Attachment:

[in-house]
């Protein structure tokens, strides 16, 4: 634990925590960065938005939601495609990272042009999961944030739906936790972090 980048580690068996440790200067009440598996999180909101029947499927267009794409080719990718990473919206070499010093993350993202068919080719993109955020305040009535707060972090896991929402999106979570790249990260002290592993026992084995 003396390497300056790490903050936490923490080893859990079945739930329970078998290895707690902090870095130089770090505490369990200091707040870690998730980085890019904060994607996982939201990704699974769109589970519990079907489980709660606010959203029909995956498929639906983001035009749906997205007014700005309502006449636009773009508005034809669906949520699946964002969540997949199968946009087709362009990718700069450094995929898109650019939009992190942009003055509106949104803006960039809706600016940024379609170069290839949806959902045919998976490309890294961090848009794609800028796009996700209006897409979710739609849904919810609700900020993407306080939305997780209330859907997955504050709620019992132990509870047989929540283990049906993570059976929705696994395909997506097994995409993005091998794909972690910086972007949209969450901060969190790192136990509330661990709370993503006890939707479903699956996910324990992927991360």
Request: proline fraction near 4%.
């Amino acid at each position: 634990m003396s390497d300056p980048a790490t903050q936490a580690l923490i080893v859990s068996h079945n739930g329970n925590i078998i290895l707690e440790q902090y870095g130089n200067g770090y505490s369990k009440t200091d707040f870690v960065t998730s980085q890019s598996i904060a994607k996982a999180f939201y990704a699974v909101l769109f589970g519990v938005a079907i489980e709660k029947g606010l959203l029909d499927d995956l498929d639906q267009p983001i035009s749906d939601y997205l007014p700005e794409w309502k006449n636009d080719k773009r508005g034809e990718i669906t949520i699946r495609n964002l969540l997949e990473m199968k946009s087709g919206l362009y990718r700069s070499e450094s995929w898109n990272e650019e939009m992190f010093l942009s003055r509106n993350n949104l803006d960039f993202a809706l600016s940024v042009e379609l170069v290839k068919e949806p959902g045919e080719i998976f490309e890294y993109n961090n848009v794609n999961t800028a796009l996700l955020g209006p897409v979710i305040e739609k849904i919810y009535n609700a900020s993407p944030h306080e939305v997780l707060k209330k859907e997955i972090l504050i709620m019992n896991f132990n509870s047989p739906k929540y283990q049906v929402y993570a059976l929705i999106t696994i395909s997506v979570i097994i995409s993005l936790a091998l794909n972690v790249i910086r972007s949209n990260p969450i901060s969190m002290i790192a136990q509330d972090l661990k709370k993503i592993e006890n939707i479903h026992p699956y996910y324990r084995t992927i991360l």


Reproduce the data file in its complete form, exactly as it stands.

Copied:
[in-house]
């Protein structure tokens, strides 16, 4: 634990925590960065938005939601495609990272042009999961944030739906936790972090 980048580690068996440790200067009440598996999180909101029947499927267009794409080719990718990473919206070499010093993350993202068919080719993109955020305040009535707060972090896991929402999106979570790249990260002290592993026992084995 003396390497300056790490903050936490923490080893859990079945739930329970078998290895707690902090870095130089770090505490369990200091707040870690998730980085890019904060994607996982939201990704699974769109589970519990079907489980709660606010959203029909995956498929639906983001035009749906997205007014700005309502006449636009773009508005034809669906949520699946964002969540997949199968946009087709362009990718700069450094995929898109650019939009992190942009003055509106949104803006960039809706600016940024379609170069290839949806959902045919998976490309890294961090848009794609800028796009996700209006897409979710739609849904919810609700900020993407306080939305997780209330859907997955504050709620019992132990509870047989929540283990049906993570059976929705696994395909997506097994995409993005091998794909972690910086972007949209969450901060969190790192136990509330661990709370993503006890939707479903699956996910324990992927991360």
Request: proline fraction near 4%.
């Amino acid at each position: 634990m003396s390497d300056p980048a790490t903050q936490a580690l923490i080893v859990s068996h079945n739930g329970n925590i078998i290895l707690e440790q902090y870095g130089n200067g770090y505490s369990k009440t200091d707040f870690v960065t998730s980085q890019s598996i904060a994607k996982a999180f939201y990704a699974v909101l769109f589970g519990v938005a079907i489980e709660k029947g606010l959203l029909d499927d995956l498929d639906q267009p983001i035009s749906d939601y997205l007014p700005e794409w309502k006449n636009d080719k773009r508005g034809e990718i669906t949520i699946r495609n964002l969540l997949e990473m199968k946009s087709g919206l362009y990718r700069s070499e450094s995929w898109n990272e650019e939009m992190f010093l942009s003055r509106n993350n949104l803006d960039f993202a809706l600016s940024v042009e379609l170069v290839k068919e949806p959902g045919e080719i998976f490309e890294y993109n961090n848009v794609n999961t800028a796009l996700l955020g209006p897409v979710i305040e739609k849904i919810y009535n609700a900020s993407p944030h306080e939305v997780l707060k209330k859907e997955i972090l504050i709620m019992n896991f132990n509870s047989p739906k929540y283990q049906v929402y993570a059976l929705i999106t696994i395909s997506v979570i097994i995409s993005l936790a091998l794909n972690v790249i910086r972007s949209n990260p969450i901060s969190m002290i790192a136990q509330d972090l661990k709370k993503i592993e006890n939707i479903h026992p699956y996910y324990r084995t992927i991360l």